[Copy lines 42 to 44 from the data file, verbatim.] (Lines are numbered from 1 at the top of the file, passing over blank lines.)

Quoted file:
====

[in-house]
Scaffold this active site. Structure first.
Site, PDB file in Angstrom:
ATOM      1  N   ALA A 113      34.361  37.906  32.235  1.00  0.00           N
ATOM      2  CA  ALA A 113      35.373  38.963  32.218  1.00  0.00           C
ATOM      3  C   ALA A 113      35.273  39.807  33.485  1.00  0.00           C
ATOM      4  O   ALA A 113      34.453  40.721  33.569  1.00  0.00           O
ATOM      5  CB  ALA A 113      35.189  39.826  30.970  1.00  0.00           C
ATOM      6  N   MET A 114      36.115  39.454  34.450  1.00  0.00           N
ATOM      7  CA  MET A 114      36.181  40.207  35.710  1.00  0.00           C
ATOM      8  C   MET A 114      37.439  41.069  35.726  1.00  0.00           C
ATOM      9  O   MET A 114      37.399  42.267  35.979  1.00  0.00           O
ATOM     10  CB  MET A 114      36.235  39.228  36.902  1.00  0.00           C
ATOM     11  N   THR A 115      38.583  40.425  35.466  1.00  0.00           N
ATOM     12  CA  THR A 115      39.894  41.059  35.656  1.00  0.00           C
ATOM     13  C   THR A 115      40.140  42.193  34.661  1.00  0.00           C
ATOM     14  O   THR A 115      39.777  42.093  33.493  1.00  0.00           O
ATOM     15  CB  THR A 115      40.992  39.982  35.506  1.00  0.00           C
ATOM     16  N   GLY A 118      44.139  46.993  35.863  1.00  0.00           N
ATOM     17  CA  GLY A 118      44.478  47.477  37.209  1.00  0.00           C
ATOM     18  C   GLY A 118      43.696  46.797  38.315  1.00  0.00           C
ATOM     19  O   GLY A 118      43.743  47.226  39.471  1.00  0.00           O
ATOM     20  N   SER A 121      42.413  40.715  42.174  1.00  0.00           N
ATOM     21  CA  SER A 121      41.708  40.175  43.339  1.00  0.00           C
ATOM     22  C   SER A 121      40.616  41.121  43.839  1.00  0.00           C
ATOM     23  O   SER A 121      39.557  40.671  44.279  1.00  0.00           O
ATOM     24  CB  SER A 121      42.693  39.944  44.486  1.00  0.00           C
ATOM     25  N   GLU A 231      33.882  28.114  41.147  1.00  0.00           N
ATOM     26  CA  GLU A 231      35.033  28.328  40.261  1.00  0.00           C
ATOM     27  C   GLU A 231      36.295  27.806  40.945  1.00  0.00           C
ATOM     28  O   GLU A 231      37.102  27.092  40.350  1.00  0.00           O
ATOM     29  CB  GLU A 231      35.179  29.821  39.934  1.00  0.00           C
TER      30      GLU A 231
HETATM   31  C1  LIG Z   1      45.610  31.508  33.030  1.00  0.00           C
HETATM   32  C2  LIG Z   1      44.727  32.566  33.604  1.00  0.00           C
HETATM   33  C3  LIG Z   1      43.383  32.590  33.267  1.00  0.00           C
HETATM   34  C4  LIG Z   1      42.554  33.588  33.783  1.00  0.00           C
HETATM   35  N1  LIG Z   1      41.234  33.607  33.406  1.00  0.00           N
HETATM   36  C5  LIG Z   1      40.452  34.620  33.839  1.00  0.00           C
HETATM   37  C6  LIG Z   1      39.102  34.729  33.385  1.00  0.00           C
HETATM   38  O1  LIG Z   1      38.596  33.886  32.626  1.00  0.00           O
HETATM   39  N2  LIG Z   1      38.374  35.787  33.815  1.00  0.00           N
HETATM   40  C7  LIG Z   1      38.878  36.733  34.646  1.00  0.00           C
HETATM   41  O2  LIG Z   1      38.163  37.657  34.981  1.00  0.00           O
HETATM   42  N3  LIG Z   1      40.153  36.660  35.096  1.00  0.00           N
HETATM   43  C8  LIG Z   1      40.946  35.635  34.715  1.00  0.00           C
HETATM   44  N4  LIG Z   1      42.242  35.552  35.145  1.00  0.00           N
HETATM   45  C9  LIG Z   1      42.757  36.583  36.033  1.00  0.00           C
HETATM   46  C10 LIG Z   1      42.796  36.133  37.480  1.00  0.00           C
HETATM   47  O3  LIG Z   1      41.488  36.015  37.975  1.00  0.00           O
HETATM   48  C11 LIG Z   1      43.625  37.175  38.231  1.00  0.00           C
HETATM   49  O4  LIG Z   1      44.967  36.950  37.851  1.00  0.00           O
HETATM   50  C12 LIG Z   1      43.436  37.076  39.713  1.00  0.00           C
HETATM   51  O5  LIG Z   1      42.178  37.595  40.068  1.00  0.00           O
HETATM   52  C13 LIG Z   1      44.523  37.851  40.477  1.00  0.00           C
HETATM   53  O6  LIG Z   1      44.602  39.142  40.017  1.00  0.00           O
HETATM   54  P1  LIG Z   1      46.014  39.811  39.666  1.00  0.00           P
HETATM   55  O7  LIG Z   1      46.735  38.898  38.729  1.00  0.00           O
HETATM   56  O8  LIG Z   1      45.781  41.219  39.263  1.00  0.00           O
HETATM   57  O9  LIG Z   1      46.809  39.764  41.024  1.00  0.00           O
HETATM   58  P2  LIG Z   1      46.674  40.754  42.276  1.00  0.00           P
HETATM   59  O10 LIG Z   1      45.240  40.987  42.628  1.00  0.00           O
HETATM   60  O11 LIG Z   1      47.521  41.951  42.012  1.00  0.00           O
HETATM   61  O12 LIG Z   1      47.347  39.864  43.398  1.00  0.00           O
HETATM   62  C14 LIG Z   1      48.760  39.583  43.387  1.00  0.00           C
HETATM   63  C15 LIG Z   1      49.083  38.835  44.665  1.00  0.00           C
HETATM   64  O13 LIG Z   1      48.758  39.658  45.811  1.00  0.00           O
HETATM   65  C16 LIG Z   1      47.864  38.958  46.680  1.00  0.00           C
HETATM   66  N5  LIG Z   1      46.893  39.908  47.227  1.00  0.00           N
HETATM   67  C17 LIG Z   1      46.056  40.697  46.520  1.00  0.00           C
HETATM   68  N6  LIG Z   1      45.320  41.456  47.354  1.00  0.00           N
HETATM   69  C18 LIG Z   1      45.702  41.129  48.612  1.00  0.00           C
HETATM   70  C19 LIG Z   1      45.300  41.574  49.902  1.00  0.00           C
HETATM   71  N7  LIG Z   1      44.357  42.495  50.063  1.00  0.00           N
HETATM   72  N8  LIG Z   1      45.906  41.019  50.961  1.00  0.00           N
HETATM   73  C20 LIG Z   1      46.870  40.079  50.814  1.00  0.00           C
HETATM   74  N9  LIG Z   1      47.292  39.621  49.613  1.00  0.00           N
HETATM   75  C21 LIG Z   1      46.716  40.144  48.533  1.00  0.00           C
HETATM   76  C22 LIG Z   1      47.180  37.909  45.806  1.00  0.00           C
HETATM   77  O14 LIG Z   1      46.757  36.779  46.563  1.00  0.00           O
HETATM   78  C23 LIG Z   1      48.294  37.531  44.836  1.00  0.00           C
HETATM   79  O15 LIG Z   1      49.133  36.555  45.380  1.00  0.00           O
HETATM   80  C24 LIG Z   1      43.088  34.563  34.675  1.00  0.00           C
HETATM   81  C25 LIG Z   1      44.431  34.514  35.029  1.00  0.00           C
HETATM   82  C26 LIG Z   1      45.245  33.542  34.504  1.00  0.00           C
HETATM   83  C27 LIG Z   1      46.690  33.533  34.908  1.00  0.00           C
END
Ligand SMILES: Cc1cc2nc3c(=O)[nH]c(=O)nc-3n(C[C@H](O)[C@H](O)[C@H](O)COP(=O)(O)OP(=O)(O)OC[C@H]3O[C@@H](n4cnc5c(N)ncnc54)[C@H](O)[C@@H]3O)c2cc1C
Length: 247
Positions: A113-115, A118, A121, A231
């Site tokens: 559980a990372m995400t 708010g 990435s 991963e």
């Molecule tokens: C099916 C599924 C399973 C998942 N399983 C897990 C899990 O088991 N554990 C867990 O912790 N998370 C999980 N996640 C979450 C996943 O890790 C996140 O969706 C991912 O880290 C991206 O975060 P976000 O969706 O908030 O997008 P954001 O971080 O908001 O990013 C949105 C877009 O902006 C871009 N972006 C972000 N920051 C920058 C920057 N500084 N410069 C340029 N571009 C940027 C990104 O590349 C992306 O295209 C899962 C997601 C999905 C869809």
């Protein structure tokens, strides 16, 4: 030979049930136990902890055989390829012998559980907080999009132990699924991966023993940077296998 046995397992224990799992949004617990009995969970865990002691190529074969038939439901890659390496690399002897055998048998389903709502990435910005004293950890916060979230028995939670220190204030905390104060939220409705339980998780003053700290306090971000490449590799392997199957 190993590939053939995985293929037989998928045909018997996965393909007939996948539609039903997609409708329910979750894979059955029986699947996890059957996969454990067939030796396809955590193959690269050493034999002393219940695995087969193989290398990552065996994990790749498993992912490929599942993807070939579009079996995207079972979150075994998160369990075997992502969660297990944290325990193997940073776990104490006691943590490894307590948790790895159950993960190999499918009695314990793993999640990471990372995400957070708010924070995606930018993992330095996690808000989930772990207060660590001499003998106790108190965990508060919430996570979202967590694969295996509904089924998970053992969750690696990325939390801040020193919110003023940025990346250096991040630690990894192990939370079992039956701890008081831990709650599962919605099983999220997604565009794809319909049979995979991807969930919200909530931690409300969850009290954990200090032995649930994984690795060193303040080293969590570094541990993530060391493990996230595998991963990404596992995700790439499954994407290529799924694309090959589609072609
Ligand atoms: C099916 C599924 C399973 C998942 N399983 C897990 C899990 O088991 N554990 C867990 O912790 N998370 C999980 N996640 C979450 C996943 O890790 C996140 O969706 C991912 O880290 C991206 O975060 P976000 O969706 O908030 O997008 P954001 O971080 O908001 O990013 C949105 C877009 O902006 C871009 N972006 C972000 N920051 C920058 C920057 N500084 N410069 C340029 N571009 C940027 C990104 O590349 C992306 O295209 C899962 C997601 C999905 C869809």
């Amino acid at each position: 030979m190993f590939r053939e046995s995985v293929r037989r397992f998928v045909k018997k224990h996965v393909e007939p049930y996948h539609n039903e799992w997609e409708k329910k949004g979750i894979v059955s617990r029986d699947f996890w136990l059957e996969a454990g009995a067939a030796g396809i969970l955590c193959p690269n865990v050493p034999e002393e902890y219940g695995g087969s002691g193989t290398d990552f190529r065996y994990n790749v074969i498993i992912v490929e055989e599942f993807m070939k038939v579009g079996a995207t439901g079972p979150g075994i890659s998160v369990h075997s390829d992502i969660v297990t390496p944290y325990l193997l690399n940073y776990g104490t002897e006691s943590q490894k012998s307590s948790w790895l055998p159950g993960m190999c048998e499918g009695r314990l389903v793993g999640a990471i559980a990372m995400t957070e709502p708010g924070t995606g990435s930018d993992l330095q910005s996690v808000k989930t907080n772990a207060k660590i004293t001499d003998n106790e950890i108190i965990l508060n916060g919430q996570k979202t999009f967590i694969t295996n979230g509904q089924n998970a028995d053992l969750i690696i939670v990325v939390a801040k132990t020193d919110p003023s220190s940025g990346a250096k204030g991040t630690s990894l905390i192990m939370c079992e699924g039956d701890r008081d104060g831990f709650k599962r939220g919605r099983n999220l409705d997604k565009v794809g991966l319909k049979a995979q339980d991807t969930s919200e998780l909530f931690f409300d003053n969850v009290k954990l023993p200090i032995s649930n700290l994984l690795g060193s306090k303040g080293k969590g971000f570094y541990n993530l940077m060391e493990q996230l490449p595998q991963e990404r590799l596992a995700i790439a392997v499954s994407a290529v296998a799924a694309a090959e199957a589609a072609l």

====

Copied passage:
HETATM   39  N2  LIG Z   1      38.374  35.787  33.815  1.00  0.00           N
HETATM   40  C7  LIG Z   1      38.878  36.733  34.646  1.00  0.00           C
HETATM   41  O2  LIG Z   1      38.163  37.657  34.981  1.00  0.00           O